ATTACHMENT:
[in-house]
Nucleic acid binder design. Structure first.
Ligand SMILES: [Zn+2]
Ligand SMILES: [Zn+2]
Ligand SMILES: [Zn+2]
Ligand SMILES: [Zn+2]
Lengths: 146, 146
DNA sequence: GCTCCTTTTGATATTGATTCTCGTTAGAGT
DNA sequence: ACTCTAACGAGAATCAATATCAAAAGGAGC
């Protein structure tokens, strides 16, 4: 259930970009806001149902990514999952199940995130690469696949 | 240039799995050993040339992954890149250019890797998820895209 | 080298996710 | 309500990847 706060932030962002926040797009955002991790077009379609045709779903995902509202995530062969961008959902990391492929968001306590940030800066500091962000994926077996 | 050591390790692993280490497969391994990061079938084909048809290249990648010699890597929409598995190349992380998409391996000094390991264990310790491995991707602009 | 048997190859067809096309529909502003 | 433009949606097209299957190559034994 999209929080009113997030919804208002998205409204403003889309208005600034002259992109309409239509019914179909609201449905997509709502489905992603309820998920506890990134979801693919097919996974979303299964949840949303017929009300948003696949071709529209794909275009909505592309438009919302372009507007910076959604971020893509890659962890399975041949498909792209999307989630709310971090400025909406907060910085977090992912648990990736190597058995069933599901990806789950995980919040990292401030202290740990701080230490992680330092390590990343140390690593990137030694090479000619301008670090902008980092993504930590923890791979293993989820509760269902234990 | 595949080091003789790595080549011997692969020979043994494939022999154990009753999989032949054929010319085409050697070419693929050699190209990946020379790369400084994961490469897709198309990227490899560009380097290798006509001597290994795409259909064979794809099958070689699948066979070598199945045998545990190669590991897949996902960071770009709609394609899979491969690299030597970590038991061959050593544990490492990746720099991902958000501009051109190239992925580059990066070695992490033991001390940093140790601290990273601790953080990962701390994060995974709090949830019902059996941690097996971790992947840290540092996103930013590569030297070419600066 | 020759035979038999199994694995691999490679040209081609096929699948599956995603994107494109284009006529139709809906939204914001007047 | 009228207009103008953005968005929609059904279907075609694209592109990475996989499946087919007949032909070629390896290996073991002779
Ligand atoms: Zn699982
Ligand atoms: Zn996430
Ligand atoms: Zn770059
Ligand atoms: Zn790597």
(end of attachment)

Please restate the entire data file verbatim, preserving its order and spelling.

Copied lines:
[in-house]
Nucleic acid binder design. Structure first.
Ligand SMILES: [Zn+2]
Ligand SMILES: [Zn+2]
Ligand SMILES: [Zn+2]
Ligand SMILES: [Zn+2]
Lengths: 146, 146
DNA sequence: GCTCCTTTTGATATTGATTCTCGTTAGAGT
DNA sequence: ACTCTAACGAGAATCAATATCAAAAGGAGC
């Protein structure tokens, strides 16, 4: 259930970009806001149902990514999952199940995130690469696949 | 240039799995050993040339992954890149250019890797998820895209 | 080298996710 | 309500990847 706060932030962002926040797009955002991790077009379609045709779903995902509202995530062969961008959902990391492929968001306590940030800066500091962000994926077996 | 050591390790692993280490497969391994990061079938084909048809290249990648010699890597929409598995190349992380998409391996000094390991264990310790491995991707602009 | 048997190859067809096309529909502003 | 433009949606097209299957190559034994 999209929080009113997030919804208002998205409204403003889309208005600034002259992109309409239509019914179909609201449905997509709502489905992603309820998920506890990134979801693919097919996974979303299964949840949303017929009300948003696949071709529209794909275009909505592309438009919302372009507007910076959604971020893509890659962890399975041949498909792209999307989630709310971090400025909406907060910085977090992912648990990736190597058995069933599901990806789950995980919040990292401030202290740990701080230490992680330092390590990343140390690593990137030694090479000619301008670090902008980092993504930590923890791979293993989820509760269902234990 | 595949080091003789790595080549011997692969020979043994494939022999154990009753999989032949054929010319085409050697070419693929050699190209990946020379790369400084994961490469897709198309990227490899560009380097290798006509001597290994795409259909064979794809099958070689699948066979070598199945045998545990190669590991897949996902960071770009709609394609899979491969690299030597970590038991061959050593544990490492990746720099991902958000501009051109190239992925580059990066070695992490033991001390940093140790601290990273601790953080990962701390994060995974709090949830019902059996941690097996971790992947840290540092996103930013590569030297070419600066 | 020759035979038999199994694995691999490679040209081609096929699948599956995603994107494109284009006529139709809906939204914001007047 | 009228207009103008953005968005929609059904279907075609694209592109990475996989499946087919007949032909070629390896290996073991002779
Ligand atoms: Zn699982
Ligand atoms: Zn996430
Ligand atoms: Zn770059
Ligand atoms: Zn790597």